The role of small and medium-sized enterprises (SMEs) in the UK economy is tremendous. In fact, 99 percent of businesses in the UK qualify as SMEs and bring in approximately £200 billion a year for the UK economy. Understandably, financial providers want to take advantage of the significant potential of SMEs in the UK.
However, encouraging SMEs to switch accounts and attracting new business accounts has always been one of the biggest conundrums for financial institutions, and as the previous Managing Director at a challenger bank I understand this pressure all too well. Many UK financial institutions outside ‘The Big Four’ are looking for a solution to the switching inertia, and competition is fierce with large banks such as RBS and Barclays maintaining control of the lions’ share of the market. Smaller and emerging providers tend to be limited, both in their scope of services and in their ability to respond to rising customer expectations.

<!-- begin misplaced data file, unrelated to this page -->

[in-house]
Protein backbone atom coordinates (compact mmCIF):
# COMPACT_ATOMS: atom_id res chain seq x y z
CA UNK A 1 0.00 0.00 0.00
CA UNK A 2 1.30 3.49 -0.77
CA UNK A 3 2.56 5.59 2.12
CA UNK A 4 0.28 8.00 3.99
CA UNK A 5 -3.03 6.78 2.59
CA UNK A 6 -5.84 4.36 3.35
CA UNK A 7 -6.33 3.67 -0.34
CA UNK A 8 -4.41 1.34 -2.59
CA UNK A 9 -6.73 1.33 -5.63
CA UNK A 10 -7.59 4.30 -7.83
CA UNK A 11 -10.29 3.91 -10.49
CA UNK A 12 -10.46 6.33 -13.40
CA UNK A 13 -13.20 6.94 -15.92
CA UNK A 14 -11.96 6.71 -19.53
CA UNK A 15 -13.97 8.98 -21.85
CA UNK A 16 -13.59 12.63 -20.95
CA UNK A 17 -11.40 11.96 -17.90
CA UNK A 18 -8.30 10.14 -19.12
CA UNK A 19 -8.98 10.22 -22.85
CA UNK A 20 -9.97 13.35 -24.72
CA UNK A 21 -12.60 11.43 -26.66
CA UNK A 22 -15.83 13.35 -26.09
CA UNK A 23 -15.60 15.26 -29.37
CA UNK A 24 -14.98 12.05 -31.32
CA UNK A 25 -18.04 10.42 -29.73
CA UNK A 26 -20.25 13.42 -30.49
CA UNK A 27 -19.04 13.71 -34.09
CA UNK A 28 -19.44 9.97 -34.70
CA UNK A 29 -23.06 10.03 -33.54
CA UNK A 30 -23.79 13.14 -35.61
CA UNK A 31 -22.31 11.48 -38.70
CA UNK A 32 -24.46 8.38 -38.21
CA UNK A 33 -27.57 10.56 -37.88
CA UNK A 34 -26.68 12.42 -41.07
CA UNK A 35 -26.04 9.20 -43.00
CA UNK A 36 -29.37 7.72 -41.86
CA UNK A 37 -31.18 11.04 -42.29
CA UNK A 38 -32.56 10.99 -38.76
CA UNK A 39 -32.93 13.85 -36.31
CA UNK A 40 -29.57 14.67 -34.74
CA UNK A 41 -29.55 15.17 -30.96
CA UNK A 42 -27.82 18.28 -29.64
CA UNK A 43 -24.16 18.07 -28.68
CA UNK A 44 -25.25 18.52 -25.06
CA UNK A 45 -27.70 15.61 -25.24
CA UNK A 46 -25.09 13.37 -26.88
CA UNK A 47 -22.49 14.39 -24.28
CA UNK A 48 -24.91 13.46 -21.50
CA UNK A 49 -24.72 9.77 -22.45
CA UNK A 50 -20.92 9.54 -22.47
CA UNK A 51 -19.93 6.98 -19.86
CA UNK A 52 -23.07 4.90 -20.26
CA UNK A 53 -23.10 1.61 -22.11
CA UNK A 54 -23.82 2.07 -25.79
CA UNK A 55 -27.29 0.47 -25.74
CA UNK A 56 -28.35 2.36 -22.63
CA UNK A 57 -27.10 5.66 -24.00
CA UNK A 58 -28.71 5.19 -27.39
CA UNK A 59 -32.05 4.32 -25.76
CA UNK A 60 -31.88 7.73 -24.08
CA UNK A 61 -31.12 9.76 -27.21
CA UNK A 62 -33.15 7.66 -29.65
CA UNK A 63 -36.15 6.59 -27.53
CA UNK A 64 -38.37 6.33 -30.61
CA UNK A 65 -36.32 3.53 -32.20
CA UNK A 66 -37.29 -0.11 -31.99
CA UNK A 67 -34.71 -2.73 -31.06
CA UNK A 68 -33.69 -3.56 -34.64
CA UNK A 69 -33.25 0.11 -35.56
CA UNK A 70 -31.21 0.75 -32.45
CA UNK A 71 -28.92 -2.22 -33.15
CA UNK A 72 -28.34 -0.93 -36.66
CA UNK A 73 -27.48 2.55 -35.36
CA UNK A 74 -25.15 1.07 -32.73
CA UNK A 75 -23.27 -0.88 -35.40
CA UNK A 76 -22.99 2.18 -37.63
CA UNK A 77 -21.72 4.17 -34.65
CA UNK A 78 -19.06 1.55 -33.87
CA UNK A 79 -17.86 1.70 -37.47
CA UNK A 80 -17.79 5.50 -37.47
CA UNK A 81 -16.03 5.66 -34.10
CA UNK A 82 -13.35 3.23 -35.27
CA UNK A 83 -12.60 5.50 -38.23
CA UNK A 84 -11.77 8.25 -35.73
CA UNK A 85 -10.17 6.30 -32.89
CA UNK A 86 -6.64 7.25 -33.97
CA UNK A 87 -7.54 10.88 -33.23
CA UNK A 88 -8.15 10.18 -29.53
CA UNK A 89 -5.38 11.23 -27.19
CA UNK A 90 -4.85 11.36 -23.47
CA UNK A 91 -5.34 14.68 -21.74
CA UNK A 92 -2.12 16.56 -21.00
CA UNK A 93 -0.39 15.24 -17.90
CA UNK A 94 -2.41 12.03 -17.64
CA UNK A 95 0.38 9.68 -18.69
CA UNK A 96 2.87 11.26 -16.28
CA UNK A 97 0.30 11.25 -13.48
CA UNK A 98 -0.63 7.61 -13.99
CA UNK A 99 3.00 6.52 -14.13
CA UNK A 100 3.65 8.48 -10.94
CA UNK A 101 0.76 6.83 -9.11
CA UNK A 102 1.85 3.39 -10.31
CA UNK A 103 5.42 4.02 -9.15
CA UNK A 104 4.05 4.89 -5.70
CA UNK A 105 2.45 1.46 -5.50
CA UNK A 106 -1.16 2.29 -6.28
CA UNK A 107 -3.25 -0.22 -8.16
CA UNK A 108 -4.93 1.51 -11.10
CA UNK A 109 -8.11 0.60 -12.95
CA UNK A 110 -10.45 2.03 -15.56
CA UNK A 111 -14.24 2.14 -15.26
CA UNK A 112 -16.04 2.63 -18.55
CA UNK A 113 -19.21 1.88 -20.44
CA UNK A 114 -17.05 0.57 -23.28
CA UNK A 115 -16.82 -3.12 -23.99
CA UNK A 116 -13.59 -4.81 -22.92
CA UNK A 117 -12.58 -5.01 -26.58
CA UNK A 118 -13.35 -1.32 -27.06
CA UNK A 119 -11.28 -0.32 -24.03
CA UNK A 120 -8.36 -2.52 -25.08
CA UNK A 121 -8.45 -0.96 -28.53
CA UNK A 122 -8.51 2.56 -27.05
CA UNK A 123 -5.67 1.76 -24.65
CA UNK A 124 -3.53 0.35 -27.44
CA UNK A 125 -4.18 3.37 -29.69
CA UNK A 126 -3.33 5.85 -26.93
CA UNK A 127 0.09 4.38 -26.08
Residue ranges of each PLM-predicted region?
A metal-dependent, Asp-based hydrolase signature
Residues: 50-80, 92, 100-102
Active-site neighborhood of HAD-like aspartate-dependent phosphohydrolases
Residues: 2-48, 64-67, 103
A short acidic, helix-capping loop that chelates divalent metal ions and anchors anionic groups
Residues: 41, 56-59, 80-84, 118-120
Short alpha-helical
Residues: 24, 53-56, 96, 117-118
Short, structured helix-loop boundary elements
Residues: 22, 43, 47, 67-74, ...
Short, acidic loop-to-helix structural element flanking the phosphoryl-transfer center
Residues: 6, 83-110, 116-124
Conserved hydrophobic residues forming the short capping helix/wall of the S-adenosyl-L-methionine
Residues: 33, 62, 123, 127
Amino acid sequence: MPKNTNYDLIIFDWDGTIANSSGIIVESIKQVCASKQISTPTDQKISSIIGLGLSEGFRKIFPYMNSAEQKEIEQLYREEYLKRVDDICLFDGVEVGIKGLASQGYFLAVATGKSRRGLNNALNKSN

This state of affairs is now poised for change with the advent of the Capability and Innovation Fund. The fund, comprised of £700 million, is designed to “encourage eligible bodies to develop and improve their capability to compete in the provision of banking services to SMEs.”
So how can banks reap the greatest value from the Capability and Innovation Fund? Unisys has investigated SME’s attitudes to their banks and the services they provide to uncover insights into their decision-making process, and what banks need to do to attract this customer base and develop new, innovative propositions.
With 1 in 6 SMEs ready to switch in the next 12 months and a preference for switching to challenger or non-bank brands, there is a significant opportunity for new providers to disrupt the current state of affairs in the SME sector. Read our report here, and discover how you can realise the full potential of the Capability and Innovation Fund and overcome the SME switching challenge.